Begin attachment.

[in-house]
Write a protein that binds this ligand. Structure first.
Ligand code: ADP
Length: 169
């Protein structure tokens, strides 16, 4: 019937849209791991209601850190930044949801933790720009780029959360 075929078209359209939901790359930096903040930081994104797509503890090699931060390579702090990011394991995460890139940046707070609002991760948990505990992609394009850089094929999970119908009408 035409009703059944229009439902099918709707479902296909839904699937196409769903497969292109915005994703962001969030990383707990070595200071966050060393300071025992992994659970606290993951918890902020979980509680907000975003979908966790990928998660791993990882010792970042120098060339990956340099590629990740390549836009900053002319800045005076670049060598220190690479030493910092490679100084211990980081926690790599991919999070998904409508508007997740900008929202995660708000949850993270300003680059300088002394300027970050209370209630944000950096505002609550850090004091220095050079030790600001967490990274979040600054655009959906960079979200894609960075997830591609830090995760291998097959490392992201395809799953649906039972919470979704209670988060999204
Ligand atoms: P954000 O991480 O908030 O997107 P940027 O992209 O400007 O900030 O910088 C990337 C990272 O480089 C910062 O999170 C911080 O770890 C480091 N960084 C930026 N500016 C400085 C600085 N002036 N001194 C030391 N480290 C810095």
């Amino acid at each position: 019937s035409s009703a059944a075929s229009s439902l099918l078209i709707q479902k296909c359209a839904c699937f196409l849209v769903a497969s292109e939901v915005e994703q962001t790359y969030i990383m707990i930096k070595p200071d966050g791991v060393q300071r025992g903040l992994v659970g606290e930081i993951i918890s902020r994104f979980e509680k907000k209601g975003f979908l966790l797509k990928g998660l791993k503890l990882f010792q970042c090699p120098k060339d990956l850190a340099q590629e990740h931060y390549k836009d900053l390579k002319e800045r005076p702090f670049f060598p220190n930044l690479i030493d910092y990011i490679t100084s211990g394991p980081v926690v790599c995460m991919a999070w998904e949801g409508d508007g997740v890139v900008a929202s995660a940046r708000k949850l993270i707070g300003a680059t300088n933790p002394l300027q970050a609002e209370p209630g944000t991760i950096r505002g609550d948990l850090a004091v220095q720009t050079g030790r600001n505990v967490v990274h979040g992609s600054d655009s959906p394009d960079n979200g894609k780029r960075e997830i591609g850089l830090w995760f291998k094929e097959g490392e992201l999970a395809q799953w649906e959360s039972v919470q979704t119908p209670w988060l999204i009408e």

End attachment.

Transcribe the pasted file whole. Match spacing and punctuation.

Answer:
[in-house]
Write a protein that binds this ligand. Structure first.
Ligand code: ADP
Length: 169
């Protein structure tokens, strides 16, 4: 019937849209791991209601850190930044949801933790720009780029959360 075929078209359209939901790359930096903040930081994104797509503890090699931060390579702090990011394991995460890139940046707070609002991760948990505990992609394009850089094929999970119908009408 035409009703059944229009439902099918709707479902296909839904699937196409769903497969292109915005994703962001969030990383707990070595200071966050060393300071025992992994659970606290993951918890902020979980509680907000975003979908966790990928998660791993990882010792970042120098060339990956340099590629990740390549836009900053002319800045005076670049060598220190690479030493910092490679100084211990980081926690790599991919999070998904409508508007997740900008929202995660708000949850993270300003680059300088002394300027970050209370209630944000950096505002609550850090004091220095050079030790600001967490990274979040600054655009959906960079979200894609960075997830591609830090995760291998097959490392992201395809799953649906039972919470979704209670988060999204
Ligand atoms: P954000 O991480 O908030 O997107 P940027 O992209 O400007 O900030 O910088 C990337 C990272 O480089 C910062 O999170 C911080 O770890 C480091 N960084 C930026 N500016 C400085 C600085 N002036 N001194 C030391 N480290 C810095």
């Amino acid at each position: 019937s035409s009703a059944a075929s229009s439902l099918l078209i709707q479902k296909c359209a839904c699937f196409l849209v769903a497969s292109e939901v915005e994703q962001t790359y969030i990383m707990i930096k070595p200071d966050g791991v060393q300071r025992g903040l992994v659970g606290e930081i993951i918890s902020r994104f979980e509680k907000k209601g975003f979908l966790l797509k990928g998660l791993k503890l990882f010792q970042c090699p120098k060339d990956l850190a340099q590629e990740h931060y390549k836009d900053l390579k002319e800045r005076p702090f670049f060598p220190n930044l690479i030493d910092y990011i490679t100084s211990g394991p980081v926690v790599c995460m991919a999070w998904e949801g409508d508007g997740v890139v900008a929202s995660a940046r708000k949850l993270i707070g300003a680059t300088n933790p002394l300027q970050a609002e209370p209630g944000t991760i950096r505002g609550d948990l850090a004091v220095q720009t050079g030790r600001n505990v967490v990274h979040g992609s600054d655009s959906p394009d960079n979200g894609k780029r960075e997830i591609g850089l830090w995760f291998k094929e097959g490392e992201l999970a395809q799953w649906e959360s039972v919470q979704t119908p209670w988060l999204i009408e």